• 7. Re: Backing Up Your Personal Data?

    At home, my MacBookPro has Mozy.  Other computers have zero backups.  But anything important I put a copy on the MBP that mozy gets.  I was so impressed with it that I put my mother's MacBook on it too.  And her data is safe.  She likes it since she doesnt have to do anything.  Every now and then a little popup comes up that says she is done with her backup.  At first she was concerned.  Now she is concerened is she doesnt see it.


    With Mozy's speed, I wouldnt use it for anything professional/business related.  it is just too slow.



  • 8. Re: Backing Up Your Personal Data?
    Allen Ward

    I'm curious if the new 2.0 client will speed things up as much as they claim. I'm hoping so, but I haven't had time to upgrade yet on my machines at home. I think they were still working on the Mac version 2.0, but that could make a difference if their claims hold water. I honestly don't know how long most of my backups take now since it just happens in the background (usually when I'm not around).

  • 9. Re: Backing Up Your Personal Data?
    Bashanta Phukon

    It is true sometimes we do not realize that our personal Data are as important as the Business Data. Many times we overlook the importance of it.  In the event of HDD crash or file error / Virus Attack etc. I use any professional Data recovery software to restore them, Since it is an expensive affair, In my case I prefer to backup my personal Data regularly on multiple drives.

  • 10. Re: Backing Up Your Personal Data?

    I just use my external drive to back-up my personal data (once a month).

  • 11. Re: Backing Up Your Personal Data?
    Allen Ward

    I'm so used to working on a large scale enterprise environment now that there are some thought processes I just take for granted. So I have an additional question to Erin's initial conversation starter.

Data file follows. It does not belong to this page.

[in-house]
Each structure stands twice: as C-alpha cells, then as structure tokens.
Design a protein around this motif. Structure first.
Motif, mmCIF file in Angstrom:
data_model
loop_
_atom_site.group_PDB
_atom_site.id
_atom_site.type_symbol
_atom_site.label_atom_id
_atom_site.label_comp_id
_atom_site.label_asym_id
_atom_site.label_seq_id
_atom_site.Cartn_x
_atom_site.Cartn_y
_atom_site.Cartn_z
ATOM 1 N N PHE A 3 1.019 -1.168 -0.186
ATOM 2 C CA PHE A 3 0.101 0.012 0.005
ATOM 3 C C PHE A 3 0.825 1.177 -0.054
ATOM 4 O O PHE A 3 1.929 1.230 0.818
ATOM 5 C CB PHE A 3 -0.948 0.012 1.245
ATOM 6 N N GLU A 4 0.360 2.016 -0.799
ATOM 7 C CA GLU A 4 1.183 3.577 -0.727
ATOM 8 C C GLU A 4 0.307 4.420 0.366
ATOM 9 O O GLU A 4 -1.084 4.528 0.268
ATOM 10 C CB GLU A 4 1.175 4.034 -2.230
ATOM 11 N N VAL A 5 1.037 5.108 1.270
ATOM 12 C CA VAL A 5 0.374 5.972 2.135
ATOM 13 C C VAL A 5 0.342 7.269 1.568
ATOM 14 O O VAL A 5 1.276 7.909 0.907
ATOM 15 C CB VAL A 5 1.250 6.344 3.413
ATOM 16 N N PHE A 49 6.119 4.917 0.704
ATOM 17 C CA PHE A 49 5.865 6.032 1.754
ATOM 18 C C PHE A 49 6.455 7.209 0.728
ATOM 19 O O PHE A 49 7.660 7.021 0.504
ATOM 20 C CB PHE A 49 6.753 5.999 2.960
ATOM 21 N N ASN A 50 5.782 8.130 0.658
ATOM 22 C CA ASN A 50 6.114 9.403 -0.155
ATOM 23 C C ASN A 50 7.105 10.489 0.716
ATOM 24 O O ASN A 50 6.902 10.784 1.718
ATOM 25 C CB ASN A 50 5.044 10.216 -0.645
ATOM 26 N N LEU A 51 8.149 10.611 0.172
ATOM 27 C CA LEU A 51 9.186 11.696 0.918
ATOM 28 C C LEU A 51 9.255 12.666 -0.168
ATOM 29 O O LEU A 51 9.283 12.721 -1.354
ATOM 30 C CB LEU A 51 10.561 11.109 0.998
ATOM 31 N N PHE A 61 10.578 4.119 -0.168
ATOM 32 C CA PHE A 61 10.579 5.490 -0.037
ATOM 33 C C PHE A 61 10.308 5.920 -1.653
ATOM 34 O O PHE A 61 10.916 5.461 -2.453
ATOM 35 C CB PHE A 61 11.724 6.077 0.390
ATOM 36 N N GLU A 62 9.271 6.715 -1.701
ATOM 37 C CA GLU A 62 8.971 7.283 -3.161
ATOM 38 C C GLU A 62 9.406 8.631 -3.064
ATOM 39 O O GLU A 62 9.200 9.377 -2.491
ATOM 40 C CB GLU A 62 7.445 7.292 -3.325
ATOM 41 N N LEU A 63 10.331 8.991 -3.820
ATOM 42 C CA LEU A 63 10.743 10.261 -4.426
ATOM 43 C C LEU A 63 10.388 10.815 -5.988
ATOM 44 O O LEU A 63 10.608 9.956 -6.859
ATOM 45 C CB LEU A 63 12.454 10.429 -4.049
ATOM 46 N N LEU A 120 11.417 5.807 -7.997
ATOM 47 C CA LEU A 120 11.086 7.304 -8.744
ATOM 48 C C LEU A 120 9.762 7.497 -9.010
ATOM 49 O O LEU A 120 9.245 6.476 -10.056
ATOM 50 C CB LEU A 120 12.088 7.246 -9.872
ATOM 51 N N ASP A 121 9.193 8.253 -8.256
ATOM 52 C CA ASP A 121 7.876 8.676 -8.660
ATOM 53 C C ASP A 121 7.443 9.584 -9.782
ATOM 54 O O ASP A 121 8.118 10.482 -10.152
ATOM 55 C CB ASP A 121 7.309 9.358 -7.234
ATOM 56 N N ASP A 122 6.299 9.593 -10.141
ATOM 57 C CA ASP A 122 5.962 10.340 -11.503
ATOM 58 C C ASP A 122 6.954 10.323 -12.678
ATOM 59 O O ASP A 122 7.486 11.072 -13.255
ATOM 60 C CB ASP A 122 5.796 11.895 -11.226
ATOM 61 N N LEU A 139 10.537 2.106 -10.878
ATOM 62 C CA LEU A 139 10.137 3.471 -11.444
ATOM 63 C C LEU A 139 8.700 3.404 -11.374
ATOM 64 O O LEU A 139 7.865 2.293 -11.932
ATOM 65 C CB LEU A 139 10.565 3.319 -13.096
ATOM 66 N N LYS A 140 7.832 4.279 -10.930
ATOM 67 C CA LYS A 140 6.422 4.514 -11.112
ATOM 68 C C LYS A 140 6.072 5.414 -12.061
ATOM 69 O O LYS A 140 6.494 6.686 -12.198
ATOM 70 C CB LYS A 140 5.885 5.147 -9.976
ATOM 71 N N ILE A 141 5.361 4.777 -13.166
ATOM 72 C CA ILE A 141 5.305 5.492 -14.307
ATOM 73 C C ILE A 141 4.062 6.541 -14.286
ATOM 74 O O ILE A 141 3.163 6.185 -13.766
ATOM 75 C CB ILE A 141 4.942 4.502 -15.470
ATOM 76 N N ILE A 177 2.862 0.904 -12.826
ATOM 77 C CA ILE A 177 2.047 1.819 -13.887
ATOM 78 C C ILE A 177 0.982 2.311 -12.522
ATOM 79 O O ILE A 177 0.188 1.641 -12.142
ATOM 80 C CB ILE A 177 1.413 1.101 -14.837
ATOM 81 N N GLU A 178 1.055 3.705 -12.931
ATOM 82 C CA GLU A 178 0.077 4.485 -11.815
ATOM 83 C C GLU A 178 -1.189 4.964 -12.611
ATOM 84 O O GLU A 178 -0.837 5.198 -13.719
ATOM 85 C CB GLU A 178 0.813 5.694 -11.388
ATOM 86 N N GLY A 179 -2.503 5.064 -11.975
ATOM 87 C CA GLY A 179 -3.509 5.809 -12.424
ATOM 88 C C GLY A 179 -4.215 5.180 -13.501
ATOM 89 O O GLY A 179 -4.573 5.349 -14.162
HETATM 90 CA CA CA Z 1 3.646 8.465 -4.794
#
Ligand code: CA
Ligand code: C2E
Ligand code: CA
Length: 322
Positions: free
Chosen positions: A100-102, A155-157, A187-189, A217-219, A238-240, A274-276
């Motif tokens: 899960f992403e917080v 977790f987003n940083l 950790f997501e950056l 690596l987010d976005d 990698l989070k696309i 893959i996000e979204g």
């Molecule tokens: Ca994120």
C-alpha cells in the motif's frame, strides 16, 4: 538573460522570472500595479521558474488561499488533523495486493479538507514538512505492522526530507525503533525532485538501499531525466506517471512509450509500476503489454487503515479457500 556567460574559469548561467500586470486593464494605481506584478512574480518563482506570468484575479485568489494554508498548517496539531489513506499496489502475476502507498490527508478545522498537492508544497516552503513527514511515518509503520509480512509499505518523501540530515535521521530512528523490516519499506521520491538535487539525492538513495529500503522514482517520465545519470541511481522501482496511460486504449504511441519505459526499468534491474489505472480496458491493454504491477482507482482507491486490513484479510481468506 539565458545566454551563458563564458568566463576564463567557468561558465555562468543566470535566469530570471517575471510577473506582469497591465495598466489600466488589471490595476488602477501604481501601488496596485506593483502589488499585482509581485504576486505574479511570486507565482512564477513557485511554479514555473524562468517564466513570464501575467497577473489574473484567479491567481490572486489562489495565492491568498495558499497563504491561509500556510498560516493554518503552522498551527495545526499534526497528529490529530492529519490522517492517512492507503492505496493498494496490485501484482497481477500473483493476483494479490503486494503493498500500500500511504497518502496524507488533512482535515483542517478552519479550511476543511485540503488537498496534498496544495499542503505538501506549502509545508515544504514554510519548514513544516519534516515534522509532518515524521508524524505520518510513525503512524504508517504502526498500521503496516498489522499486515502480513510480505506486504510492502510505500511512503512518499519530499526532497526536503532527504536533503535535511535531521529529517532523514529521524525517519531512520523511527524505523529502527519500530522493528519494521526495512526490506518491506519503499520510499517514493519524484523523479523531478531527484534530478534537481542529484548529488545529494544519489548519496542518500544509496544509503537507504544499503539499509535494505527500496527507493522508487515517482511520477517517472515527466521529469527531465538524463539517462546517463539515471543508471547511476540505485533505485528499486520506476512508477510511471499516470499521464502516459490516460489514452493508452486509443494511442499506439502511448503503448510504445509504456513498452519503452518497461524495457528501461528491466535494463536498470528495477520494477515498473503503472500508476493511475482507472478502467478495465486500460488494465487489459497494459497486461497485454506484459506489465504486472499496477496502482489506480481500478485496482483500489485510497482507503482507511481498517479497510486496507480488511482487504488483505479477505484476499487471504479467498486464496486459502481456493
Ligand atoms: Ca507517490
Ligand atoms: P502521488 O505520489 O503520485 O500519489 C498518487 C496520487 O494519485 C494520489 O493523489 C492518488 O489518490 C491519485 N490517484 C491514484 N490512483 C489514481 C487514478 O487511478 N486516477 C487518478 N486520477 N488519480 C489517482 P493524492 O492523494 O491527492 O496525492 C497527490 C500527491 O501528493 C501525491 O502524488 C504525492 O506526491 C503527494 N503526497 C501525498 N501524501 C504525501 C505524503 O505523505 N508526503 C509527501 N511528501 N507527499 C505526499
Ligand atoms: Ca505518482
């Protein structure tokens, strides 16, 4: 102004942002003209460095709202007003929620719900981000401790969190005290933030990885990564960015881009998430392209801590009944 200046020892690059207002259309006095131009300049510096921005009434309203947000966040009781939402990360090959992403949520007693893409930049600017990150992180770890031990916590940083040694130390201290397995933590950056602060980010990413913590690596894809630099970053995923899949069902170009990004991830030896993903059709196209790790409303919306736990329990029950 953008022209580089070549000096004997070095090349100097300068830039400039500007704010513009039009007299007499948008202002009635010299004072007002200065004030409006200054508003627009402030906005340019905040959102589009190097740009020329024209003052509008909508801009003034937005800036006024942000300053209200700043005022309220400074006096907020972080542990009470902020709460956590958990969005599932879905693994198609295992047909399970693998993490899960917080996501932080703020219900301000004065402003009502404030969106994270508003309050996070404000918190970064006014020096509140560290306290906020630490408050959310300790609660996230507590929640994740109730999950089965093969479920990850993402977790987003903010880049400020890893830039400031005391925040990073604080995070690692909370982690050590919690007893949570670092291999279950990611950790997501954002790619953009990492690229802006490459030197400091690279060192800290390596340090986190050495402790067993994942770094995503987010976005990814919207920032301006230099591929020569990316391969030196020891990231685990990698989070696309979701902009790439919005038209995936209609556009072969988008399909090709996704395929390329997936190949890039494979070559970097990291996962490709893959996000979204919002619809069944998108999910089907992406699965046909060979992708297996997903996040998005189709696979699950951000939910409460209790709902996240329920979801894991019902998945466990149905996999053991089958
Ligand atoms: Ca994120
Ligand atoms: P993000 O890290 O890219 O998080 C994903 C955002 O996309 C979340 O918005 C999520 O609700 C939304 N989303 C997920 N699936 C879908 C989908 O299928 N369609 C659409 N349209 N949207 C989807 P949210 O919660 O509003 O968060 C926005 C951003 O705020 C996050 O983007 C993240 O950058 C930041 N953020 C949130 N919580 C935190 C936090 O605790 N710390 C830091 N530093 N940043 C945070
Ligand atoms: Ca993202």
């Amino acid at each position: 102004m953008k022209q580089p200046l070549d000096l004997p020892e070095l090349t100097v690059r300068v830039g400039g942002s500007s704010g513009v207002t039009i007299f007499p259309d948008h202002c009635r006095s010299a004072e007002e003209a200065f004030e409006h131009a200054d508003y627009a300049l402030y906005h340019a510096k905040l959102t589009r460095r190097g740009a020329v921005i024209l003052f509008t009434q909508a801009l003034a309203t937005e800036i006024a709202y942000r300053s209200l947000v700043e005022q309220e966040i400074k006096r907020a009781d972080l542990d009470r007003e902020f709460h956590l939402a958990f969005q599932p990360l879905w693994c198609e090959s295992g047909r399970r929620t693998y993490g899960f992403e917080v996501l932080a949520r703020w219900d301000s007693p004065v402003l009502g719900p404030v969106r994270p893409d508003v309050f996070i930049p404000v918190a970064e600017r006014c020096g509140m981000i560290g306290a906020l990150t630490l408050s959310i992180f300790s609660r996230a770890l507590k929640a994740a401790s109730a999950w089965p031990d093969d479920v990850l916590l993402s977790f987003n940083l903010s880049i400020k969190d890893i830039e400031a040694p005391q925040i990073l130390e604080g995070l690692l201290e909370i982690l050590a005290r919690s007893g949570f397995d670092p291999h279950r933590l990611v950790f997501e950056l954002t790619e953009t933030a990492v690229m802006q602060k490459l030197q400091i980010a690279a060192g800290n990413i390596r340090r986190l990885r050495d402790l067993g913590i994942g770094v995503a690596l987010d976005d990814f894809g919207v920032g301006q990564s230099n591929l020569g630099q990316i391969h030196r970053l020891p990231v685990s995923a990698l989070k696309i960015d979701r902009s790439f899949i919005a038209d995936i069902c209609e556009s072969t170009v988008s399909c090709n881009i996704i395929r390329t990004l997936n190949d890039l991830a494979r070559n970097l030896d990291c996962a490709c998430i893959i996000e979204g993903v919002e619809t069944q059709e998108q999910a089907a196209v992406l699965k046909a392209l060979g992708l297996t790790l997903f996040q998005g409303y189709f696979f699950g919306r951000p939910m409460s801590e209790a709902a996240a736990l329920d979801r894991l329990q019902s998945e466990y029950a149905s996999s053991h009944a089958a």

For those who maintain their backups locally in their homes (DVDs, external HD, etc) did you consider the risk of something like a fire, flood, tornado, or whatever? Did you make a conscious decision to mitigate risk only to a certain point (cost vs. protection balance)?


    I only ask this because in the business world we still regularly see business units making informed decisions to limit the cost of protection for certain things while they will spend extra for others. They just want to be informed on options and risk factors so they can make the call instead of having it made for them. We can tell them what we THINK they should do, but only they can place the true value on the data we hold for them.


    Personally I can't imagine losing some of the files I have and I'm willing to pay the extra to make sure that that digital movie file of my son "eating" his first birthday cake is never at risk. If you asked me if I would pay extra to have it stored in multiple disperse geographic locations I would probably decline based on cost vs. risk, but I'm happy to pay what I do today to make sure it is in at least one location far from my home and anything that might happen to it there.

  • 12. Re: Backing Up Your Personal Data?
    Bashanta Phukon

    I Agree with Allen we can store our important datas on any regular CD/DVD's however it turns out to be expensive when the data is large and in the event of disaster both natural and un-natural, there is a high risk, Perhaps we may have discussed earlier, How about backing up our important data online, there are many websites providing virtual space with little or no cost, In my opinion if we have few GB's of data, Online storage is the best option.


    Any takers?

  • 13. Re: Backing Up Your Personal Data?

    Phukon, I think online storage is a great option, likely to be the future, and I basically use a form of it now for photos, as most of mine are on Flickr. I think there are a few big questions and challenges in that realm that are going to be interesting to see how they play out.  One is security and the other is customer service.


    A friend of mine recently posted on FB about the fact that when he had a problem accessing his Flickr photos, and couldn't for the life of him get anyone at the company to help him. He tried every method of outreach possible, and got no response at all. I wonder if this type of behavior will move people more towards virtual spaces that are specifically designed to be storage spaces (if that makes sense -- vs. the Flickrs of the world who I would say were going after something different) -- and thus, I would hope, have better customer service and better security?

  • 14. Re: Backing Up Your Personal Data?
    Roy Mikes

    I just use my NAS to back-up my personal data. It's RAID 5 protected. Nevertheless If my hous burns down It's gone.

    When that happens Ikeep a copy on a HDD on my work.